What is CEPA?

The Closer Economic Partnership Arrangement ("CEPA") is a free trade agreement between Mainland China and Hong Kong that offers Hong Kong products, companies and residents preferential access to the Mainland market. Many of the preferences go beyond China's WTO concessions. CEPA is not a closed agreement and both sides hold regular meetings on further concessions and the details for implementation. To date, six supplementary agreements to CEPA containing further concessions have been agreed by the two sides.

CEPA covers three areas:

  • the removal of tariffs and other barriers on trade in goods;

  • the opening up of the Mainland market to Hong Kong service suppliers;

  • measures for the promotion of trade and investment.

Trade in Goods

Qualifying goods

All products of Hong Kong exported to Mainland China may enjoy tariff free treatment except for certain types of prohibited articles on condition that the products meet the prescribed rules of origin ("ROO"). For products falling under a large number of tariff codes, the ROO have already been determined. For products that to date have no agreed ROO, there exists a mechanism whereby interested enterprises may apply and request to include the products in subsequent phases of ROO discussions which will be held twice a year.

To qualify for duty free import, products must satisfy the ROO requirements. Under these requirements products are deemed to be of Hong Kong origin if they satisfy either of the following conditions: the products are obtained entirely in Hong Kong or the goods have undergone substantial transformation in Hong Kong.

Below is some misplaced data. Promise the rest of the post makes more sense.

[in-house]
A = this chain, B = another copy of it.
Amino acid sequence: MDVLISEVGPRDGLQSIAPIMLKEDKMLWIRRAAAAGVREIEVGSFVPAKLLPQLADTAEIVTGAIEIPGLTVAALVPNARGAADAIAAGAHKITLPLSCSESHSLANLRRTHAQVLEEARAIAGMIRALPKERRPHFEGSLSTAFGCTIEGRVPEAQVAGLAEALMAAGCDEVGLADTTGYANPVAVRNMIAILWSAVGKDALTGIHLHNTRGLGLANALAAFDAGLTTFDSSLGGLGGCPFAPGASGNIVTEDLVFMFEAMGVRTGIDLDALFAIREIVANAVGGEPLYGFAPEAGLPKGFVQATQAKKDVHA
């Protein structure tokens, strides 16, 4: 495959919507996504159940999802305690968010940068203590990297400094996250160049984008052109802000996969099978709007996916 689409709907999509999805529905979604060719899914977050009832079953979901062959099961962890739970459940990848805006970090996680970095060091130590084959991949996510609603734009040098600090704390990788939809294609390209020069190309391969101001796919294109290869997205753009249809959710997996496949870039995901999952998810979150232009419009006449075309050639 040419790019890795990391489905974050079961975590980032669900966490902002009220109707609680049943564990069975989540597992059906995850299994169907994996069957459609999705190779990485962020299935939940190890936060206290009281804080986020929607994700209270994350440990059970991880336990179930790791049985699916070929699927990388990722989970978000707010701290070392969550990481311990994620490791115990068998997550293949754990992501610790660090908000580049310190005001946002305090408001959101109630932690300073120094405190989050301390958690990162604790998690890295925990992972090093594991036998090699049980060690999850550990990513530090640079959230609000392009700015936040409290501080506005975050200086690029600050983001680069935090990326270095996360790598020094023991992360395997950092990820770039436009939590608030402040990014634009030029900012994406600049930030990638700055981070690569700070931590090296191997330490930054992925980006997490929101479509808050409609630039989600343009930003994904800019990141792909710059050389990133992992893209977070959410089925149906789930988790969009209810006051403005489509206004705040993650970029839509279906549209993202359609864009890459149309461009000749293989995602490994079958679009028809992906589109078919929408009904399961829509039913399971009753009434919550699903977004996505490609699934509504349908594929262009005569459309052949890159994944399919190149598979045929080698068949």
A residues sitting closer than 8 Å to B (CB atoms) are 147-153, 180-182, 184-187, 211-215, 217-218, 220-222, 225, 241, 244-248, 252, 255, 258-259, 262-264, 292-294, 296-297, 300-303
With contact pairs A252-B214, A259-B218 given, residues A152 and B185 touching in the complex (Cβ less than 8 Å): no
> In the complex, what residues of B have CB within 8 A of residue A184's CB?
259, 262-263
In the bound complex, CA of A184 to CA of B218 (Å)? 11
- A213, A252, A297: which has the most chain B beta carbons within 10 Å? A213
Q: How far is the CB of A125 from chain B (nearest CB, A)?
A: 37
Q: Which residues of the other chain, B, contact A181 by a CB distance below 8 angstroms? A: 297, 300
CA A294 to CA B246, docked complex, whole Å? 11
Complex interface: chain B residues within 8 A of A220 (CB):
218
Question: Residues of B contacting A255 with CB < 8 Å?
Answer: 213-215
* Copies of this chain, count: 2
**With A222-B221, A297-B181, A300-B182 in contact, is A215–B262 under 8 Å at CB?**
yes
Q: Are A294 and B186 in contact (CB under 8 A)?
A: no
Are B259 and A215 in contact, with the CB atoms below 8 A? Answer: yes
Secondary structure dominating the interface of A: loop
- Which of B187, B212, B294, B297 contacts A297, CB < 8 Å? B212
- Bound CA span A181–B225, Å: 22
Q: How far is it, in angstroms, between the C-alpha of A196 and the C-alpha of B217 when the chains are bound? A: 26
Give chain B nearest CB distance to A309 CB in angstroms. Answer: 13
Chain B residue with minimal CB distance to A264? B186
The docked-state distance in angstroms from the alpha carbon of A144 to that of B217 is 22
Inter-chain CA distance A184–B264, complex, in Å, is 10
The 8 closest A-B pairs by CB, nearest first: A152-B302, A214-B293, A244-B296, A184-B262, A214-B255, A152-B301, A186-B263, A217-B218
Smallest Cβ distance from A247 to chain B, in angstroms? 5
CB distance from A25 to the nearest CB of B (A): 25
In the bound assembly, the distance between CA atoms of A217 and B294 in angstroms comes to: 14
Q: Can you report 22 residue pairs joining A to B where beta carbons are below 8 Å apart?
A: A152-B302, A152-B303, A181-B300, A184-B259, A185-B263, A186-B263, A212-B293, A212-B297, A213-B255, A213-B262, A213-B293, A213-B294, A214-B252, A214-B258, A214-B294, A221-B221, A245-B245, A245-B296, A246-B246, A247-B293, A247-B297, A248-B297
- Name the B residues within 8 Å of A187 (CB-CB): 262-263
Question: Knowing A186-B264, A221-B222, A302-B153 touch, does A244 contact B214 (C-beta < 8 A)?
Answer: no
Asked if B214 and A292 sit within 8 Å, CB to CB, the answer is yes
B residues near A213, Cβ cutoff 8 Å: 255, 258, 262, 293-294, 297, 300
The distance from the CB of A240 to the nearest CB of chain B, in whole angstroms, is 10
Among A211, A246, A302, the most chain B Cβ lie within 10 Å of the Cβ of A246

There are five different criteria for determining whether products have undergone substantial transformation in Hong Kong:

  1. "Manufacturing or processing operations": manufacturing or processing operations carried out in Hong Kong have conferred essential characteristics to the products;

  2. "Change in tariff heading": the tariff heading of the product under the Product Description and Harmonised System Code has changed as a result of manufacturing or processing operations exclusively carried out in Hong Kong;

  3. "Value-added content": the total value of raw materials, component parts, labour costs and product development costs exclusively incurred in Hong Kong are at least 30% of the FOB value of the exported products and the final manufacturing or processing operations are completed in Hong Kong;

  4. "Other criteria": other criteria than the foregoing agreed by the two sides; and

  5. "Mixed criteria": use of two or more of the above criteria to determine origin.

The ROO requirements applicable to each type of product are set out in detailed tables.

The two sides have also agreed not to adopt any anti-dumping or countervailing measures against the other side's products. The Mainland has undertaken not to impose tariff rate quotas on products of Hong Kong origin.

Application procedure

A Hong Kong manufacturer must first apply to the Hong Kong Trade and Industry Department ("TID") for Factory Registration. After having obtained Factory Registration, a manufacturer can lodge an electronic application for a Certificate of Hong Kong Origin - CEPA to the TID or any one of the five government-approved certification organisations. The Certificate must then be passed on to the Mainland importer who will produce the Certificate to the Mainland Customs in order to claim duty free treatment for the imports.

Overseas manufacturers

An overseas manufacturer is not required to establish itself a presence in Hong Kong to take advantage of CEPA. It can partner up with, or outsource production to, a Hong Kong manufacturer.

Trade in Services

Service sectors

CEPA provides for liberalised market access in a wide range of service sectors ahead of China's liberalisation schedule pursuant to its WTO obligations and facilitates the recognition of Hong Kong professional and technical qualifications. The most recent supplement, effective 1 October 2009, has further liberalised 2 new service sectors as well as 18 existing service sectors. The sectors now include:

  • legal services